The non-native invasive species is to be found on the river Nore close to Kilkenny City. The plant due to its large size, it can smother native plant species reducing biodiversity and needs to be kept under control.The plant is an annual and it is important to remove new season growth prior to seeding.
Keep Kilkenny Beautiful Environmental Subcommittee undertook a pilot balsam removal project on the river Breagagh in 2015. This was found to be quite successful with only limited new plant growth in the areas cleared in 2015.
In 2016 Keep Kilkenny Beautiful has proceeded with a much larger Balsam removal project. This commenced in May 2016 with removal of any new plants in the section of the river between Ossory Bridge and the Boardwalk area.In addition, clearance is also being undertaken in the river Breagagh. The work is being done section by section by hard-working volunteers without the use of chemicals. The plants are being pulled by the root and are being composted. Repeat visits are being made during the course of the summer to remove any additional balsam growth and to prevent flowering. The results of this larger pilot project will be reviewed again in detail in 2017 to assess the success of the work and to see if any adjustments to the work procedure be considered.
KKB are also thankful of the assistance and cooperation being received from Kilkenny Angler’s and Kilkenny County Council.
KKB welcomes new volunteers to assist . See our Contacts page, also see also our Events page.
Regina Byrne Hon Secretary KKB and Bernadette Moloney Environmental awareness Officer with a large balsam plant on the board walk.
Hard working volunteer group on the Board walk making ready to clear the Balsam
A pollinator day took place at Rothe house on their garden open day in conjunction with Tanguy de Toulgoët and coordinated by the KKB. Tanguy is a bee keeper and he explained the art of bee keeping and the importance of pollinator plants. There was also a honey tasting. Information was provided in relation to the selection of pollinator plants and how a garden could be made more bee friendly.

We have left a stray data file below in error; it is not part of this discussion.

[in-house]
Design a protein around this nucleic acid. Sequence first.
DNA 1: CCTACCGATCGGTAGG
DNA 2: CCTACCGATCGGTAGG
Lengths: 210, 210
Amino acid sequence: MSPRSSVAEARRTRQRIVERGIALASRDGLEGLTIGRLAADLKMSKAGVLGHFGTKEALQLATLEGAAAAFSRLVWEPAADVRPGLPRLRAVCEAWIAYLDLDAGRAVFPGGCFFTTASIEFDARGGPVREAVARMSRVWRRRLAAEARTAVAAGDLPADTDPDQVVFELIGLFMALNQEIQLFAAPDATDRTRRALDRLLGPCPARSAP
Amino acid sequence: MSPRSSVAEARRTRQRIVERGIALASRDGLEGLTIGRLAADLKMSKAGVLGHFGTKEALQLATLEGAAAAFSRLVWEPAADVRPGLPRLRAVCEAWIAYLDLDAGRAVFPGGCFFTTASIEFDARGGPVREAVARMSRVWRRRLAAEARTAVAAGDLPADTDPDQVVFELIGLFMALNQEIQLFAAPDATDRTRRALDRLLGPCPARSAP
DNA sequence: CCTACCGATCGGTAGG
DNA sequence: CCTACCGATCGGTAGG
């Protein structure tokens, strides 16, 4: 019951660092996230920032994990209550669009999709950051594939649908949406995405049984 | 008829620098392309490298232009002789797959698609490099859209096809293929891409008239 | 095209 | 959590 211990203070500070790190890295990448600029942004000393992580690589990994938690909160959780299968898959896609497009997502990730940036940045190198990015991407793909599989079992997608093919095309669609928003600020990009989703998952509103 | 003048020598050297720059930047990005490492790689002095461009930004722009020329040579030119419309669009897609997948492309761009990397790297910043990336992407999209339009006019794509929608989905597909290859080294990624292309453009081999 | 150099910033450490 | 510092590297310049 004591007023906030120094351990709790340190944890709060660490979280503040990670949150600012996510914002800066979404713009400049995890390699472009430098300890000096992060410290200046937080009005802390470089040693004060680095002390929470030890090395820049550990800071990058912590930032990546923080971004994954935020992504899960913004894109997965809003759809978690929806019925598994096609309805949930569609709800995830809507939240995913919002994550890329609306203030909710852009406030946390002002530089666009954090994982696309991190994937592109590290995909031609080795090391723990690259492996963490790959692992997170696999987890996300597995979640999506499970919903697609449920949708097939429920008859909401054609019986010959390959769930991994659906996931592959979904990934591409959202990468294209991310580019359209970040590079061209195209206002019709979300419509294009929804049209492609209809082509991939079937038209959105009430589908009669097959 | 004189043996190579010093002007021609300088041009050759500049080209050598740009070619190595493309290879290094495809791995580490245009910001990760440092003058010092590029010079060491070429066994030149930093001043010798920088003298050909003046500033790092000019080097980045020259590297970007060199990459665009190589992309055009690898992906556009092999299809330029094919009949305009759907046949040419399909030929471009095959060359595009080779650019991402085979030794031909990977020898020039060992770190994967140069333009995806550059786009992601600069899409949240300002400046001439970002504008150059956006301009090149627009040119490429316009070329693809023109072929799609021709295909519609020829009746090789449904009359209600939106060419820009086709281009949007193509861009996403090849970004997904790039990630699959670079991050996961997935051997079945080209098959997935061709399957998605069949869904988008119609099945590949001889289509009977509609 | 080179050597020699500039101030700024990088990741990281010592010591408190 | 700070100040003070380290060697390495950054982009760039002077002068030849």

Visitors from Japan review the bee hive design which is of French/Japanese design
Honey tasting in Rothe garden
Rothe house herb garden
Rothe orchard, the grass is being left uncut to encourage wild flowers
Tanguy de Toulgoët explains the bee hive construction.
Saturday May 28th : Presentation at Bee friendly Rothe House garden 1pm-3pm. There will also be the identification of bee/pollinator friendly plants. All are welcome. Entry to the Gardens is free to all on the day. Arranged by KKB and Rothe House gardens.
We also welcome Tanguy de Toulgoët a bee keeper to explain the art of bee keeping. He uses a French system using a vertical divisible hive. The small boxes suits very well the size of the bee cluster especially during the winter. It is a great hive to keep bees naturally. They organise their nest in their own way and the surplus honey is harvested (if any) around August. The honey is stored in the higher boxes. The honey will be pressed or can be eaten in the comb. A full box is always left for the bees for the winter.
The new Callan road city pop up park development has commenced. There is a 2 year programme of works and events planned. Invasive weeds are being removed. An insect reserve and wild flower garden area is to be protected. A survey of existing plants has been undertaken. Initial grass cutting of access paths and cleaning took place on mid summers day and this was followed by a KKB pop up BBQ!